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The Introduction: An unidentified man has something Tempest Storm needs to save her family. In this scene, she's just scaled a 12-story building, only to discover the identity of the anonymous owner. . . .
Marcus Greystone was just as she remembered him from last October -- tall, sleek, and dark.  In a designer suit, he'd looked as if he'd been cut from stone, and just dangerous-looking enough to challenge her after a successful Santa Fe showing.

She'd been riding high, filled with praises, her bank account stuffed with sales, and enjoying champagne a little too much.

"Hello, Tempest.  I've been waiting for you.  I took the liberty of collecting your lines and grappling hook because you're not using them again tonight.  Miss me?"  He said in the deep, raspy, too-soft voice that reminded her of when he made love to her.

A storm of memories wrapped around Tempest: His body had been a hard and long and just as hungry for her if she'd been for him.  He'd been perfect to top off her success at the showing, and -- and now he was here!

"Wait -- waiting for me?" she managed unevenly.  In his bare feet and wearing only tight-jeans, Marcus look just as dangerous -- and determined, by the set of that hard jaw and those piercing, icy eyes. 

Tempest's mind flicked back to when she first seen him up close.  As an artist, she'd first noted the pewter shade of his eyes, the black iris surrounded by bronze flecks.  She'd been warned about Marcus, that he was very selective in his affairs.  She knew that he'd been divorced and didn't like marriage, and that he wasn't apt to get "caught."  Mr. Marcus Greystone, heir and owner of Greystone Investments, had looked sexy, steel-hard, emotionally impenetrable, and the kind who wouldn't cling later.  He was exactly what Tempest had wanted that night, and equal opponent in a clean, neatly ended match that wouldn't leave scars.

Marcus slowly walked toward her; she remembered that walk, graceful, determined, a predator on the hunt as he came toward her at the showing.

She'd met him in the same way -- on equal terms, and now he was here, watching her with those gray eyes.  In Santa Fe, he'd seem cool and hard, but now he looked cold and furious. "What did you expect me to do, Ms. Storm?  Chase all over the countryside hunting for you -- after you ran out?" he asked tightly. 

Tempest forced to swallow down her dry throat and, despite the icy sense that she been trapped in caught in a trap, she managed a cool, "How nice to see you again, Marcus."

His brief smile was tight and cold, a predator who knew he had his prize in hand.  "Yes.  How nice.  I found you immediately, you know -- just days after you ran off so rudely."

She hadn't just run away -- she'd flown, terrified.  After only a few hours in his arms, she'd been certain that Marcus Greystone was the kind of man who would devour everything she was, and she couldn't let that happen again.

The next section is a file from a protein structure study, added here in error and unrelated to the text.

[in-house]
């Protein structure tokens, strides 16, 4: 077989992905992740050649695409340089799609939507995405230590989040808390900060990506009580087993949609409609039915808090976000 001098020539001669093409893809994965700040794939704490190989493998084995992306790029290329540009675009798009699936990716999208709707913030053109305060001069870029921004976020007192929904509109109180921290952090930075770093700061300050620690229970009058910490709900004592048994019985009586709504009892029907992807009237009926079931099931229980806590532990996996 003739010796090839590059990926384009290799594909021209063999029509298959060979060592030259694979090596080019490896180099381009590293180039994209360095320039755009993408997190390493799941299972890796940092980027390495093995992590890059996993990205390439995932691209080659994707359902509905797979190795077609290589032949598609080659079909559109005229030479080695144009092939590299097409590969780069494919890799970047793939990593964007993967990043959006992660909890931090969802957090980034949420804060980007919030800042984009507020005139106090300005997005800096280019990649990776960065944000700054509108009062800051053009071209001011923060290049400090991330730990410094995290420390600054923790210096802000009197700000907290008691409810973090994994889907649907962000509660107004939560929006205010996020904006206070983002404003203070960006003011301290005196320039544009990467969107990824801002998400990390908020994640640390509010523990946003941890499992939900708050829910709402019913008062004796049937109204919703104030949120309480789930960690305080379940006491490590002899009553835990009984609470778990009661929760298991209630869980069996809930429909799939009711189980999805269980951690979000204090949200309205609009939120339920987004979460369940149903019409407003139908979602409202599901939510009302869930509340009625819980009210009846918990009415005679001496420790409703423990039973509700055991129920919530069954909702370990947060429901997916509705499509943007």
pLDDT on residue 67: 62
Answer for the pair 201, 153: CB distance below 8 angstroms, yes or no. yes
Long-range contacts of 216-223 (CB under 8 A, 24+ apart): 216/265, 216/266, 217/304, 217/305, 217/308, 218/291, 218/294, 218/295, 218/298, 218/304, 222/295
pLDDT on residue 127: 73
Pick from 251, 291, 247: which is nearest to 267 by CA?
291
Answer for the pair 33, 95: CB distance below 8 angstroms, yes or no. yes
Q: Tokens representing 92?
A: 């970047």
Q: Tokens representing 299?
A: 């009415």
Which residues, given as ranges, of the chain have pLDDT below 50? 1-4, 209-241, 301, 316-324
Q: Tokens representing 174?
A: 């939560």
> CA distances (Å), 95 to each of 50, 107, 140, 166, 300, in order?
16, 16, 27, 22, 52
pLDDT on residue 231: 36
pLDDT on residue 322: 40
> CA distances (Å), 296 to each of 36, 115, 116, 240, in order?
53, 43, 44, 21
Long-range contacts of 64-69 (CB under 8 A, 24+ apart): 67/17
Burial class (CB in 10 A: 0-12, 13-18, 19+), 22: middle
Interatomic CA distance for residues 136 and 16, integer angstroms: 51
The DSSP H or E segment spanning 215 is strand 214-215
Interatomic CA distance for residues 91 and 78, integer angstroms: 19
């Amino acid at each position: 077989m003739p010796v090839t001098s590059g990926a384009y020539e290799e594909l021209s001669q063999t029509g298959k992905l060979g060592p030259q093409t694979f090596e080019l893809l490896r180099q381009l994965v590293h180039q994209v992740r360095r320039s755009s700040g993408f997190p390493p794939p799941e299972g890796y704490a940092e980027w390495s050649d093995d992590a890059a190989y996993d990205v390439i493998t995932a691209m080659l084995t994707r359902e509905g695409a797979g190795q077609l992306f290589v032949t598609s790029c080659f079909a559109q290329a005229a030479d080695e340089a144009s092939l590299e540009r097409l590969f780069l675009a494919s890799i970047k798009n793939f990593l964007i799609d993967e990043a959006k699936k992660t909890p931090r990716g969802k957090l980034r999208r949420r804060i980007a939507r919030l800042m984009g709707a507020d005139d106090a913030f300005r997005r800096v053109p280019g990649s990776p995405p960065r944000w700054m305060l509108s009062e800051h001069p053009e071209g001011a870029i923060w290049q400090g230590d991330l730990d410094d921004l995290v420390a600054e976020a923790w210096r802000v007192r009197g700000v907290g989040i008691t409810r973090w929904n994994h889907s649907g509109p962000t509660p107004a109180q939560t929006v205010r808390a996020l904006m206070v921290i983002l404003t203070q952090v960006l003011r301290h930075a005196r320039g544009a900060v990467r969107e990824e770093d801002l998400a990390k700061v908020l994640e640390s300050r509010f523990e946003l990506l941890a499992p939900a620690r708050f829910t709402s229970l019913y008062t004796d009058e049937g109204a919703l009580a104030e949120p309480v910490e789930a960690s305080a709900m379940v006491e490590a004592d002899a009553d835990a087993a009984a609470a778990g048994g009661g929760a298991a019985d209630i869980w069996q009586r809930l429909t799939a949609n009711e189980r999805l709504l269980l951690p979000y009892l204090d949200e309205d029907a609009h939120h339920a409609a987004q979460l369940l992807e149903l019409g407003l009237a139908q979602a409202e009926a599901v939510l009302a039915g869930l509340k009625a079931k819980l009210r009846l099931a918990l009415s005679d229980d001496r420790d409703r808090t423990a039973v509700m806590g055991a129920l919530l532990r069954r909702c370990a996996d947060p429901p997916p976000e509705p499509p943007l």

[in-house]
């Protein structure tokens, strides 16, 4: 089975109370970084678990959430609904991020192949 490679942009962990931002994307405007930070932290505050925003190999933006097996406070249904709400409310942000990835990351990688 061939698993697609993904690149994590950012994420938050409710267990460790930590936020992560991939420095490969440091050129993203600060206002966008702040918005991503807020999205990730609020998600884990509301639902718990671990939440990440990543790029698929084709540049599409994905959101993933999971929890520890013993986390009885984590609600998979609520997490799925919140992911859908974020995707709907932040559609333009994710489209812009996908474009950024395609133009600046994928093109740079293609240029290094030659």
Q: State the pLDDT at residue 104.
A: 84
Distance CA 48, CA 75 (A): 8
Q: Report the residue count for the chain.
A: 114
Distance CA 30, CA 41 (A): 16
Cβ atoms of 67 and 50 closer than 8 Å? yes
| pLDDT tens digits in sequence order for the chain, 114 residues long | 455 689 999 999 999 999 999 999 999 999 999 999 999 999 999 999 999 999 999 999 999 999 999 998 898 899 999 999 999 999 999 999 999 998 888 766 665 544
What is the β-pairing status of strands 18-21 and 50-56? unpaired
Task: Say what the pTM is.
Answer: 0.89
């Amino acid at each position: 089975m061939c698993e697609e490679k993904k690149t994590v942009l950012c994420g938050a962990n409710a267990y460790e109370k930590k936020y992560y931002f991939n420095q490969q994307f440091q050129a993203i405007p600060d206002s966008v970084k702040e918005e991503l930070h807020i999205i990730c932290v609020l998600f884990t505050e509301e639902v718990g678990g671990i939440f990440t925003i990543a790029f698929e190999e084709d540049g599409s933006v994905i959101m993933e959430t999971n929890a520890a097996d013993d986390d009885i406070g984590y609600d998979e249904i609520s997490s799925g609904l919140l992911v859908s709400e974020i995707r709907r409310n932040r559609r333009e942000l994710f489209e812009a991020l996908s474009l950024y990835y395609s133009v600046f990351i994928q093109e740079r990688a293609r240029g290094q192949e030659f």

"You're not going to be sweet about this, are you?"  Tempest managed as she backed up a step.

"A one-night stand with a woman who ran out on me?  No, probably not.  But then I just watched you risk your life to get here, and that's probably got me a little on edge."

"Take it easy, Tempest."  He turned slowly and icy gray eyes stared down at her.  He was so close that she could see the sun-bleached tips of his lashes and brows, the texture of his skin, his jaw darkened by the stubble yet beneath the skin.

A swift hot wave of sensual energy pulsed through her, startling her momentarily, but then she fought back the basic here and now: Marcus had designed a very careful trap, and he knew he had her.

Marcus steadied her face. "Interesting.  You're steaming nicely and your eyes just turned gold.... Does the Blair Institute for Parapsychology ring a bell?"

The Blair Institute of Parapsychology.  The name rippled cold and ugly within her, a living nightmare from twenty-two years ago spilled over her again.  Hold this, Tempest.  Tell me its history.... What about this?

At ten years old, she'd held the knife of a murderer, felt the evil of its deceased owners surging through her.  She'd held the cooking pot of a frontier women, who mourned her family left in Ohio, and a baby who had died along the way.  She held the toy truck of a boy who knew he wouldn't live long.  The next layer had been his grief-stricken mother.  And when Tempest could stand no more, she held her palms tightly together, until they returned her gloves -- and then the medical tests began, the electrodes measuring in her vital signs.

A triplet who missed her sisters, their terrified sensations reaching out to her, tangling and connecting with her own senses, Tempest had begun to fight....

Tempest looked at Marcus and coolly lied, "No, I'm afraid I don't know what you're talking about.  I've never heard of this Blair-thing."

His "Don't you?" was dangerously mild.

Tempest walked toward Marcus, her hands on her hips.  "Okay, Marcus, you cold, calculating bastard.  I'm tired of this. What do you really want?  You've gone to too much trouble just for a little payback."

"You.  You have something I want," he stated simply, as he pushed away from the doorway.  "And I have something you want, so watch yourself when it comes to calling names.  I'm very sensitive about that particular one."